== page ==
The author of Proverbs is unmistakably referring to wise aspects of God as a female. She’s a smart God. A wise mom or grandmother image fits our ancient ancestors’ experiences of God. They fit Jesus’ image of God too. He expressly connects God’s wisdom to mothers when he declares in Luke (7:35) that “wisdom is vindicated by all her children.”
Now don’t hear me wrong, I am not saying mothers are God. But I am saying that God has long been considered mom-like and womb like and to have prototypical female characteristics.
The love of God is warm like a womb, caring like a mid-wife, protective like a hen, fierce like a she-bear, nurturing like a baker, wise like a mother. God, you see, loves us like an ideal mom, even more so. Somehow she keeps us in her divine womb and feels with us all our life long. God has compassion like a good mom for all her children– which is all of humanity.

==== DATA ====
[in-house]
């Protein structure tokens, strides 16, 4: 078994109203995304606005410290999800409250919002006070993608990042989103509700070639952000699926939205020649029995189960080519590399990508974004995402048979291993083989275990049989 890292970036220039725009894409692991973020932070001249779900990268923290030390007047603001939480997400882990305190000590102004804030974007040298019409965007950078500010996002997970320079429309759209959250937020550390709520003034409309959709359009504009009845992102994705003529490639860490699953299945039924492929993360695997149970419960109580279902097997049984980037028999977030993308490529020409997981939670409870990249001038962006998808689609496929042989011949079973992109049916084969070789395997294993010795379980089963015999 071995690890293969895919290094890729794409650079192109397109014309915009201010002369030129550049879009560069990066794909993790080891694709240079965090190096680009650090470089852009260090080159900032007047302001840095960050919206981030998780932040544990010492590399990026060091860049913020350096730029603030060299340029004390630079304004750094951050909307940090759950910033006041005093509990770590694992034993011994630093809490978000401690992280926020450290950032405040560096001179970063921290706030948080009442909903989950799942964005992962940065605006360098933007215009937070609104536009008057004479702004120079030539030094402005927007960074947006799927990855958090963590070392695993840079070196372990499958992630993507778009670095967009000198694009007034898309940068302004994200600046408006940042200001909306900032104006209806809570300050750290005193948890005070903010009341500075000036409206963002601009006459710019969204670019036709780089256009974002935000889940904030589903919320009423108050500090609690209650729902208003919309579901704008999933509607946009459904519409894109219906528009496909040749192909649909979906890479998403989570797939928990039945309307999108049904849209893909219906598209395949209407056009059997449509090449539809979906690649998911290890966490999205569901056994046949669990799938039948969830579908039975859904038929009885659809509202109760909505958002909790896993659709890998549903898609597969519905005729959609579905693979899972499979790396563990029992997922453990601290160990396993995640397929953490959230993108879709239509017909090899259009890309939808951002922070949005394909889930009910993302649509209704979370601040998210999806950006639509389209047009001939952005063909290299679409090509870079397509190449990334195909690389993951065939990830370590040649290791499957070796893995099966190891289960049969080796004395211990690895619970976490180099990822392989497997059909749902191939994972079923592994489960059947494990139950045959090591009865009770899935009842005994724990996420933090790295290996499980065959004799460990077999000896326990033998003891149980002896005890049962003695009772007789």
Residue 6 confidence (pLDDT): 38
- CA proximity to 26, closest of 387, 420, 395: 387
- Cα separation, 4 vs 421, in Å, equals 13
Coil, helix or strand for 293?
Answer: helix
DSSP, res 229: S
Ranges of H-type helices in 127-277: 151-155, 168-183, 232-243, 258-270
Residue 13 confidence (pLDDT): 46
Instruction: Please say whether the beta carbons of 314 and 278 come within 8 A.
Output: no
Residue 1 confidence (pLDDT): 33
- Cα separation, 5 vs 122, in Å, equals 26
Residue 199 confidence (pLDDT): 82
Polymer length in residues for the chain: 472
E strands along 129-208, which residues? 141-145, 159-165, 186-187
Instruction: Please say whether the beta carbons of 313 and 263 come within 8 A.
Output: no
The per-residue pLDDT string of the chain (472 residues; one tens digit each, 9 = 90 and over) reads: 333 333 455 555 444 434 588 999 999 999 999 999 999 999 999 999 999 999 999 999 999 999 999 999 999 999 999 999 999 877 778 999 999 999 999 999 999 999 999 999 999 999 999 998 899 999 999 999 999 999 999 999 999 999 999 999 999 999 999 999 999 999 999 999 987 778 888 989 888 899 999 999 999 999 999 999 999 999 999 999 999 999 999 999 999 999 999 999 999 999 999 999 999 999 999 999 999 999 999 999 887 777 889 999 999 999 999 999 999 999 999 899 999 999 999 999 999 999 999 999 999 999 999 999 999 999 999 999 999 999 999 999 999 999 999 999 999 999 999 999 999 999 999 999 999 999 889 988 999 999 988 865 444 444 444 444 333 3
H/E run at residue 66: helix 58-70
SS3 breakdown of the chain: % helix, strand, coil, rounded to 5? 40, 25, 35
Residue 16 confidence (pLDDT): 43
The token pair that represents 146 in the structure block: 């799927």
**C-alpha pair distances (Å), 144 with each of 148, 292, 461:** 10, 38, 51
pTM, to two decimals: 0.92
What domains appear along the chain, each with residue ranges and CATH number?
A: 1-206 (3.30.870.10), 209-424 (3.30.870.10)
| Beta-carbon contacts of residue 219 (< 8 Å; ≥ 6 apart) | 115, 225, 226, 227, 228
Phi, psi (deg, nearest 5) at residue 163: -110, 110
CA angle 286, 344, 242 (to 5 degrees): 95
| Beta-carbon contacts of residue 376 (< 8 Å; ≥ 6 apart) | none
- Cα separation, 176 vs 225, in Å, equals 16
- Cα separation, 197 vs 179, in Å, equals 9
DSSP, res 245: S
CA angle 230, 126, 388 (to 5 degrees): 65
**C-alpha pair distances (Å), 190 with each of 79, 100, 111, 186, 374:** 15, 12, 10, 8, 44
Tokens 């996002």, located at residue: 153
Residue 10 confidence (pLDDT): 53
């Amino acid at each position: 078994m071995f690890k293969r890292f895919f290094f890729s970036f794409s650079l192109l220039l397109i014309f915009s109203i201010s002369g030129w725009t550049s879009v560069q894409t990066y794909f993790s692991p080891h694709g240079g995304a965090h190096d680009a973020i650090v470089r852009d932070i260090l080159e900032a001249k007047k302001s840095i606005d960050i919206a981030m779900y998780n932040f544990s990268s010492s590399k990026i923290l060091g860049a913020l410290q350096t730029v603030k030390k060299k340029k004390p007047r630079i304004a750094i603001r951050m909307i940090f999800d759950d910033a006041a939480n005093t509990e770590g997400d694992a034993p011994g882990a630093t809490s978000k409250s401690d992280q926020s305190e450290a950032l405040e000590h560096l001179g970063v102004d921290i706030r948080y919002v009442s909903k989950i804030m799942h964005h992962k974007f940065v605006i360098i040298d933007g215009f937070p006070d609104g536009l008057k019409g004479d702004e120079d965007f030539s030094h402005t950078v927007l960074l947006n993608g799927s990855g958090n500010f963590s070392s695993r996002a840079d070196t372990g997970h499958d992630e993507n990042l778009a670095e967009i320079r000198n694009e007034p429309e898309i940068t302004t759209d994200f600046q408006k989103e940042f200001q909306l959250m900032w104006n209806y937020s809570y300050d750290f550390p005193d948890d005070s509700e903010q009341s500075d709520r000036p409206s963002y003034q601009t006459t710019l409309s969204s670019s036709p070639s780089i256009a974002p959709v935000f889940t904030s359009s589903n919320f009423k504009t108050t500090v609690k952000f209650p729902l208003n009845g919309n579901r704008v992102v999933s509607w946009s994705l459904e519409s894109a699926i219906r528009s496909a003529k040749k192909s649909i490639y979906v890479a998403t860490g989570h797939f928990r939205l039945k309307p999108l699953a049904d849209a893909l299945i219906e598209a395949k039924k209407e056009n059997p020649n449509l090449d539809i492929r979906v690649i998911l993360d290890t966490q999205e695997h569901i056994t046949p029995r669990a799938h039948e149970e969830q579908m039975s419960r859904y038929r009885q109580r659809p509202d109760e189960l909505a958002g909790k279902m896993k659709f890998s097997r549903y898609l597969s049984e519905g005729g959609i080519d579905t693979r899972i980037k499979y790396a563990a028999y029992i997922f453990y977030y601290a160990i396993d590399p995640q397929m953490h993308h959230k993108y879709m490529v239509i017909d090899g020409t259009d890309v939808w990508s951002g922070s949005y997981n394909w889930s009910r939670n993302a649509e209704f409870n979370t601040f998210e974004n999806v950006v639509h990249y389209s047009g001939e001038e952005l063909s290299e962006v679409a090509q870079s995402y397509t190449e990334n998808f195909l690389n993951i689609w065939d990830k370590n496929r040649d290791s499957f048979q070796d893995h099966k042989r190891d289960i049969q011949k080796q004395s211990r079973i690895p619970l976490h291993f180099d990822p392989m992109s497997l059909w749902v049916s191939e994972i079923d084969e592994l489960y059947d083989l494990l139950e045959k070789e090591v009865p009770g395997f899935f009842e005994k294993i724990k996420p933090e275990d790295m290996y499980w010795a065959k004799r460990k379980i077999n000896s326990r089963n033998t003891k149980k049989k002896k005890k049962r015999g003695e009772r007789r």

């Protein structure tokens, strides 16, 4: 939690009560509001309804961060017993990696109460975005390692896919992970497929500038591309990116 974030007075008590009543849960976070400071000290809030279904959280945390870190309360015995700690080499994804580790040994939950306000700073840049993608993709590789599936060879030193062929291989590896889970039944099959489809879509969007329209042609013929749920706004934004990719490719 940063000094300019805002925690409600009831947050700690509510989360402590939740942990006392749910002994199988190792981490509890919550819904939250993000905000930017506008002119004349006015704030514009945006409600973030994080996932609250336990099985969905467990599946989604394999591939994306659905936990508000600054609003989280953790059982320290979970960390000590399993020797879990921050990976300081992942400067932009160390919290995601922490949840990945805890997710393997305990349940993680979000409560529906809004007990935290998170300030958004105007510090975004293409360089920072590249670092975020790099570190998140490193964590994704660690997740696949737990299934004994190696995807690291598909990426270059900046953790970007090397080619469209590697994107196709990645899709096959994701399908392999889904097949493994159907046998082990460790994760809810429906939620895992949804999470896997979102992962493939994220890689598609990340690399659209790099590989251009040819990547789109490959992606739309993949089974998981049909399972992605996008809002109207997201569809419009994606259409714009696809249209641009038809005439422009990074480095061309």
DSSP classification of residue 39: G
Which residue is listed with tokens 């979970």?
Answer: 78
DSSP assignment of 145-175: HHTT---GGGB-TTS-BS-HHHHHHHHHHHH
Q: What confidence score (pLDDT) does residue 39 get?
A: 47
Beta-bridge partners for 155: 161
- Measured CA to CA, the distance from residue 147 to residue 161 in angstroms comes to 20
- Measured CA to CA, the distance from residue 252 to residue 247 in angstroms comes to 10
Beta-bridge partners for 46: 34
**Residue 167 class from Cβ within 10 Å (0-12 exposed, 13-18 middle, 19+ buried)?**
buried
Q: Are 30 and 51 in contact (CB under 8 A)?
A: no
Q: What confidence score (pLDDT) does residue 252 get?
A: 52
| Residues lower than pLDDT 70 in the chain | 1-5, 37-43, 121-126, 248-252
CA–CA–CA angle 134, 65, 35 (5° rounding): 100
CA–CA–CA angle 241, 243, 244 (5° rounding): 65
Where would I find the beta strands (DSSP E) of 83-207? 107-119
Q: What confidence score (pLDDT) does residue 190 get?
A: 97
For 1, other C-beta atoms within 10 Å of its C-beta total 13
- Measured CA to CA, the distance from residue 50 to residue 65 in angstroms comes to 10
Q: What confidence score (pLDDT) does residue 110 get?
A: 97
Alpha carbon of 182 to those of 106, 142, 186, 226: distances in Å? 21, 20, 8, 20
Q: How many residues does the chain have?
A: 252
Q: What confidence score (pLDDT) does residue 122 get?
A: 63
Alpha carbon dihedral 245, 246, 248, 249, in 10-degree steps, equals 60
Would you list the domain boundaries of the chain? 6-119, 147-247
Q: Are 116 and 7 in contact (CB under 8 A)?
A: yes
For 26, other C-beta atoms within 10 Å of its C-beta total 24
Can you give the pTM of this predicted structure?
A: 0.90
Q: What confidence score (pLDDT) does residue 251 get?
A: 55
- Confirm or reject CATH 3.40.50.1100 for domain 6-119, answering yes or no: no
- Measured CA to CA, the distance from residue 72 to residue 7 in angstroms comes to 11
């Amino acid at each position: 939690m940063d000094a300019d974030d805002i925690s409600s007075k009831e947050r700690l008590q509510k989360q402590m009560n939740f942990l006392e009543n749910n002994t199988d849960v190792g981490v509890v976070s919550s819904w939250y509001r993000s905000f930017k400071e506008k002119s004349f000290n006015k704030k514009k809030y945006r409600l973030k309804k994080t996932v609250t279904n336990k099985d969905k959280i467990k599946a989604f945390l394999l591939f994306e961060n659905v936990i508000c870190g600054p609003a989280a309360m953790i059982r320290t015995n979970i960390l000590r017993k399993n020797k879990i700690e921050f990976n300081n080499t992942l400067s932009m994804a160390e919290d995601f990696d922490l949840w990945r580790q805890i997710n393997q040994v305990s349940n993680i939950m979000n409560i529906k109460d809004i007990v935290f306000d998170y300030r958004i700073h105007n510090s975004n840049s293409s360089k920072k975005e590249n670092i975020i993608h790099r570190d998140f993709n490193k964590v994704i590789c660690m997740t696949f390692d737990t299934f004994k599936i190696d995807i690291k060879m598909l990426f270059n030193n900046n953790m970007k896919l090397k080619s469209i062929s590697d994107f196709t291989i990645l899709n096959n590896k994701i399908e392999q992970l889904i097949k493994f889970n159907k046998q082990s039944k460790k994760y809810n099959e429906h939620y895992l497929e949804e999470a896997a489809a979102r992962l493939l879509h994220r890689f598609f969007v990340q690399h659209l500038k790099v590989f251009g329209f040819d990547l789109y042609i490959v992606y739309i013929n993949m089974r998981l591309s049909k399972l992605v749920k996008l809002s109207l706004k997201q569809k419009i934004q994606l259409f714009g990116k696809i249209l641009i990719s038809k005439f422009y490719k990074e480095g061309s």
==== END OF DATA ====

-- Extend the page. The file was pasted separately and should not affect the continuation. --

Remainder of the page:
And you know what? All of us – male and female– are to have that same type of compassion. In Jesus’ words from our reading we are to “love each other just as [He has] loved [us].
First John (2:6) says we are to walk as Jesus walked. Daily we try to walk closer to Jesus’ walk as we walk closer to Jesus. That’s our plea, to let that be our reality. A result of that closer walk with Jesus is we are to become good and loving, mom-like. That’s a great and holy thing to remember this Mother’s Day . . .and every day.
1. I got these jokes at this website (I have modified a few of them)
2. Borg, Marcus Meeting Jesus Again for the First Time, p.46-68.
3. Ibid at p 46; p 62 at ft 1
4. Ibid at p 47
6. Borg at p 47
8.I got the mother, bear, hen and woman baker ideas from a book called The Divine Feminine by Virginia Mollenkott (New York: Crossroad (1983); see also, Trible, Phyllis, The God of Rhetoric and Sexuality
9. Bruns, Edgar, God as Woman, Woman as God, New York: Paulist Press(1973), 36-37.